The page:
It is a long time since we last published a post on cooking or food. Nevertheless we try to keep planning our meals weekly (see our current or older meal plans) as it helps us to keep a budget and stay organized. When coming home tired from work, it always helps to know what to cook. Otherwise we may just end with a quick pasta or salad. They are good choices but after some days the menu lacks variety. We always like to try a new recipe and from time to time we also have some special treats.
Today I will post the last two cakes we made: the first one was a birthday cake and the other one was baked to celebrate a saint’s day. They resemble each other and that is because when we ask our daughter about her cake preferences, the answer is now: “A strawberry cake”. So we just make modifications of the same theme:-)
For the birthday we had to have an Italian treat: a crostata. It is by far my husband’s favorite and go-to cake. The crostata consists of a pastry base (pasta frolla) and a top layer of jam or in this case of pastry cream (crema pasticcera). For the recipe of the pasta frolla I had no choice but to follow Artusi’s book. My husband would not have approved it otherwise ;-). This is an Italian book first published in 1891 (it is also available in english), and full of nice recipes. They are not very precise concerning the quantities needed and sometimes quite old-fashioned terms are used, but with a bit of practice the results are worthwhile. He has three slightly different versions for this crostata dough. If you google Artusi&crostata you will find them all. One of them is used here, or you can also follow the link of one of our posts. This is the recipe I used for the pastry cream. On top we just arranged some strawberries and blueberries.
For the second cake we used the recipe of sablé breton galette from the book “Around my french table”. Then we put a thin layer of strawberry jam followed by a layer of whipped cream. Sara decided to make a sun with the berries, and it looked quite nice at the end. The smaller strawberries in the middle are from a couple of plants we have at the window sill. They are delicious but scarce :-).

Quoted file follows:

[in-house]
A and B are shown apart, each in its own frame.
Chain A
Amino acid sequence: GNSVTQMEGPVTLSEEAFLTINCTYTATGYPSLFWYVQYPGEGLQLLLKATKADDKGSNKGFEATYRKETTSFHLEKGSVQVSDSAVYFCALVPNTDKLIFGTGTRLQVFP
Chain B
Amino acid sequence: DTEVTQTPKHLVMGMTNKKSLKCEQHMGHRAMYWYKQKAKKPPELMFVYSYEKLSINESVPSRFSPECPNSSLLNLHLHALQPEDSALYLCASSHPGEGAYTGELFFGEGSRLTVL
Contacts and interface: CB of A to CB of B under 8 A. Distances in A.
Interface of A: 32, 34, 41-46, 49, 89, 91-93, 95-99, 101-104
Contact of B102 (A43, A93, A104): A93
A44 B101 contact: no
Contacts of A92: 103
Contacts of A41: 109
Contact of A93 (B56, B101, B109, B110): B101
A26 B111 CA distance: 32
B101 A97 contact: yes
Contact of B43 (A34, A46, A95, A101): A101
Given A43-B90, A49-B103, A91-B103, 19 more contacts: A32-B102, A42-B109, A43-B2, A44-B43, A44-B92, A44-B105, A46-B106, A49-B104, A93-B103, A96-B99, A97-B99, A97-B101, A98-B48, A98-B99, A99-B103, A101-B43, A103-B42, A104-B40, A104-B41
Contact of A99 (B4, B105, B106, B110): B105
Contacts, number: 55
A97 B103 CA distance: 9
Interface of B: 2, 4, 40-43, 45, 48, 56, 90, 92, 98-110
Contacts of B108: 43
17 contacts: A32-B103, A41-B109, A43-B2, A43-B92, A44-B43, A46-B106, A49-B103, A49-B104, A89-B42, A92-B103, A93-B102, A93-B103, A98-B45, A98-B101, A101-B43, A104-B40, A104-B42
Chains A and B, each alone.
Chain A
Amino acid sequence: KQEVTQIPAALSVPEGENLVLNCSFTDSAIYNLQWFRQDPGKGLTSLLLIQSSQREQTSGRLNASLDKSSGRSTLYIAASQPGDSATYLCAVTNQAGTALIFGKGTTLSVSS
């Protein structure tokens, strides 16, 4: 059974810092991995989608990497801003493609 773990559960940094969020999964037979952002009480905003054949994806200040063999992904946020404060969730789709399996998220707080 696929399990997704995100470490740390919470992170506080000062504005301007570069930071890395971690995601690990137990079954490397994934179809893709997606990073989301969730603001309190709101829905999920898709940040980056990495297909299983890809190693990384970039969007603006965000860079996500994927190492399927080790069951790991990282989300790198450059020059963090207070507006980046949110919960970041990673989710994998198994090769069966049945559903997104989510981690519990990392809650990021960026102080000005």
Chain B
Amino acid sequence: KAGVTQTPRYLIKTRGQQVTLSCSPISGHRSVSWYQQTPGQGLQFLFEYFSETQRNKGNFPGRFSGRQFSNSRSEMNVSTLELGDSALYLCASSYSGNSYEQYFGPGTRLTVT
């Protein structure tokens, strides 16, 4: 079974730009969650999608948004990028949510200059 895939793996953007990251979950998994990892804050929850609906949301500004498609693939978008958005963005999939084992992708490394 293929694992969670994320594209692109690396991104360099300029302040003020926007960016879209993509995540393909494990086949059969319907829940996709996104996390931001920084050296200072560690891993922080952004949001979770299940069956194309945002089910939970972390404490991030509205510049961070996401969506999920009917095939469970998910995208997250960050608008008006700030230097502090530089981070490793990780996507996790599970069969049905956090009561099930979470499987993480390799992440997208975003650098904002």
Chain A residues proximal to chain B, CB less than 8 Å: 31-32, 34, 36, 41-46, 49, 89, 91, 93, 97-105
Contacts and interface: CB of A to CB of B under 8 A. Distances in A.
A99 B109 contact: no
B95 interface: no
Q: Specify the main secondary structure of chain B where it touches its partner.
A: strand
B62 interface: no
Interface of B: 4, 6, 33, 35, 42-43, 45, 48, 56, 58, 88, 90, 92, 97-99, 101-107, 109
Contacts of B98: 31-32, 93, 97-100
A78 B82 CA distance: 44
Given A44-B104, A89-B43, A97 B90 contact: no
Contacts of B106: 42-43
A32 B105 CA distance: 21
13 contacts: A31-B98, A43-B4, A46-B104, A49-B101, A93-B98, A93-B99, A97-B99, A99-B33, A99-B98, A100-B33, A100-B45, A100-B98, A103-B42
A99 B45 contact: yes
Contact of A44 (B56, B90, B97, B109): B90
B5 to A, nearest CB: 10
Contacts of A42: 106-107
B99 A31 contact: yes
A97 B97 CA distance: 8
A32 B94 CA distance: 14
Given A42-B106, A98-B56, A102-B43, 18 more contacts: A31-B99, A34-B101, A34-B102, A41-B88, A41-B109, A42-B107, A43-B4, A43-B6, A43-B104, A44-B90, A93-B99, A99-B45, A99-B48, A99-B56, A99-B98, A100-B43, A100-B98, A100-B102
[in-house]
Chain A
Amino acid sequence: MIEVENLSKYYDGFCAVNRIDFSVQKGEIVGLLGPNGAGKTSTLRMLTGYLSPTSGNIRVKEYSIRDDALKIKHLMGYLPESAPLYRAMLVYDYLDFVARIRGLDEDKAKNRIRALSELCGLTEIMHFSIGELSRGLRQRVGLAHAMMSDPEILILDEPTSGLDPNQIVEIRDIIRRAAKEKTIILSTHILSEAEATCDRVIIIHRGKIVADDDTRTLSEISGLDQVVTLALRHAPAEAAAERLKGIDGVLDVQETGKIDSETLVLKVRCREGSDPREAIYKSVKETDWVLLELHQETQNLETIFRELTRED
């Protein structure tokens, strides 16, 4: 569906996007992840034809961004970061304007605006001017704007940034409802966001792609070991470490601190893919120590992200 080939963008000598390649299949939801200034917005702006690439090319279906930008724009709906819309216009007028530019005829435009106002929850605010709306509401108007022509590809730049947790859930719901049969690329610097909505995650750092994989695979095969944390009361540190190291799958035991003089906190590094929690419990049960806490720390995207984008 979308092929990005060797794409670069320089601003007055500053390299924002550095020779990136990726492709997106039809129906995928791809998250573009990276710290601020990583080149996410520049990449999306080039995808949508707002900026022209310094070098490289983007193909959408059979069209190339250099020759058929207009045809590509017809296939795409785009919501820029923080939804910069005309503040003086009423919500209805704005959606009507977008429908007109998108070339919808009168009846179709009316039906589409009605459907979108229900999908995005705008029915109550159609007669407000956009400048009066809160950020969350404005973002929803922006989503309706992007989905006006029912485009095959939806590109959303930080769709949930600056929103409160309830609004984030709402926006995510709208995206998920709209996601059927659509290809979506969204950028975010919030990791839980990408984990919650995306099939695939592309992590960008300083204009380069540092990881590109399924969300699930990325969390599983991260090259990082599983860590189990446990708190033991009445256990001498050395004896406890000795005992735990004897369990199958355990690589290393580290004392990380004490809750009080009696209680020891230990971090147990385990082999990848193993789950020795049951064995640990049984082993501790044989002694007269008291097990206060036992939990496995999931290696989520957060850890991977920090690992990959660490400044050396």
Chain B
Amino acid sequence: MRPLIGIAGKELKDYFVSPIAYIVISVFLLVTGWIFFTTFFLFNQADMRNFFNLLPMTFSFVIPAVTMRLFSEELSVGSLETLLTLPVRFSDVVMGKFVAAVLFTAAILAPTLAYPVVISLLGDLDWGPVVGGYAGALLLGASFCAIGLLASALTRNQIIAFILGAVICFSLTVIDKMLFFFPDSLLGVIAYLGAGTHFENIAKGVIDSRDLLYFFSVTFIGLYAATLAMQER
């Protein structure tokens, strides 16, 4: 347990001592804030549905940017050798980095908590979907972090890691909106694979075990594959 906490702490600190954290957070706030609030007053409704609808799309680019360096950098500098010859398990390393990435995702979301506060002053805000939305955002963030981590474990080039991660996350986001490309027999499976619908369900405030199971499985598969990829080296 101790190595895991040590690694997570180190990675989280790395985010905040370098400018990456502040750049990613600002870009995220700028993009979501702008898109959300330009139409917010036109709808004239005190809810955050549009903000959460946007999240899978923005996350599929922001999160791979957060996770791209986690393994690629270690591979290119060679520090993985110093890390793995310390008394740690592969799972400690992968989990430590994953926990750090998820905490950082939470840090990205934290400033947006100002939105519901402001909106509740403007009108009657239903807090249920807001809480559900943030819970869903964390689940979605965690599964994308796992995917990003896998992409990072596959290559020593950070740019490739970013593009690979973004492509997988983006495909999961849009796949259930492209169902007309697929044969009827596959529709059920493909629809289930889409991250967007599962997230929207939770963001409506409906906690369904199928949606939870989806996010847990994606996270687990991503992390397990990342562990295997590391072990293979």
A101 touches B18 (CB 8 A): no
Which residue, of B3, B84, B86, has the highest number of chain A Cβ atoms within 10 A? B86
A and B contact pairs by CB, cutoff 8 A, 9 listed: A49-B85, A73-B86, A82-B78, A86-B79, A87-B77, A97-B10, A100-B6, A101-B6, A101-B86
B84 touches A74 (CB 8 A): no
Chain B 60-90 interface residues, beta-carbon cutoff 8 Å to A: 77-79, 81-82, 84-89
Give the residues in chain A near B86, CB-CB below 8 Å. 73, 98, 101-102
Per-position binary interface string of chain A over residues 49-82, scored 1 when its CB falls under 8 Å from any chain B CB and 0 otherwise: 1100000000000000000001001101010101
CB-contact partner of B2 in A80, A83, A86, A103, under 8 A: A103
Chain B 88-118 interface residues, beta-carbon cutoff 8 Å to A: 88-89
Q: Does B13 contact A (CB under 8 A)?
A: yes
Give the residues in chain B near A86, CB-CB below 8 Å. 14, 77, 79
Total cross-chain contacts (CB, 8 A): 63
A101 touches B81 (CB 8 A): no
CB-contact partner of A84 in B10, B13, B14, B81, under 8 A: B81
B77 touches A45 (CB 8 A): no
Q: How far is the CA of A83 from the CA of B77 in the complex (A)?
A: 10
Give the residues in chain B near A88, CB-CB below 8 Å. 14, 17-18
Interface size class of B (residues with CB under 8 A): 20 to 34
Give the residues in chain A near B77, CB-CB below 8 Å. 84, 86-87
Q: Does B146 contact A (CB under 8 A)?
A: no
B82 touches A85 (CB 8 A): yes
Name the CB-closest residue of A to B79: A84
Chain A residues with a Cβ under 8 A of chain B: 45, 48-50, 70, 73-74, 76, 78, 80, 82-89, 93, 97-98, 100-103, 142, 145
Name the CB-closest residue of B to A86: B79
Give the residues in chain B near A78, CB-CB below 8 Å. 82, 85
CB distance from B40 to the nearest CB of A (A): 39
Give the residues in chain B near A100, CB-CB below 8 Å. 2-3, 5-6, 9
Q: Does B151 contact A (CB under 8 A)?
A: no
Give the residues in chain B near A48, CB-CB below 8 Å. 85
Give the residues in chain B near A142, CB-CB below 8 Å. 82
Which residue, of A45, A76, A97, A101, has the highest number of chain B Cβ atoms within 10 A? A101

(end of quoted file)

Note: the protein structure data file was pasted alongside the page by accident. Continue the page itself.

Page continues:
We were actually not so fond of the biscuit layer. It was rather hard. But we baked thinner and the day before, which may count for this extra hardness. Anyway everyone enjoyed it!
The challenge in April for the Daring Bakers was to make a maple mouse in an edible container. We made meringue cups following this recipe and the mousse. Both delicious. A great dessert. We modified a bit the mousse as we did not have gelatin, so we used Kuzu instead, letting it come to a simmer after its addition.
Apfelstrudel is for me the symbol of German, or better Austrian, bakery. Legends about the art of making the dough so thin that one can clearly see through, (enough to read a newspaper) kept us from the challenge of baking it. But, eventually we did it. Who knows, maybe it was not perfect, but fun to make it and extremely tasty. The recipe is also so flexible, you can fill the roll with whatever you like (certainly breaking all traditional rules, but one should dare), and simply …enjoy!
During this eastern holidays we have been doing quite a lot of cooking, and it was the right time to catch up with a very promising recipe of FFwD: vanilla eclairs (pepitos de crema pastelera). How to describe them? Heavenly. They are soooo good and quite easy to make too. The dough is quite strange as it is cooked before (like when preparing a béchamel), and then baked. We made both long stripes of dough for the éclairs and thick dots for profiteroles.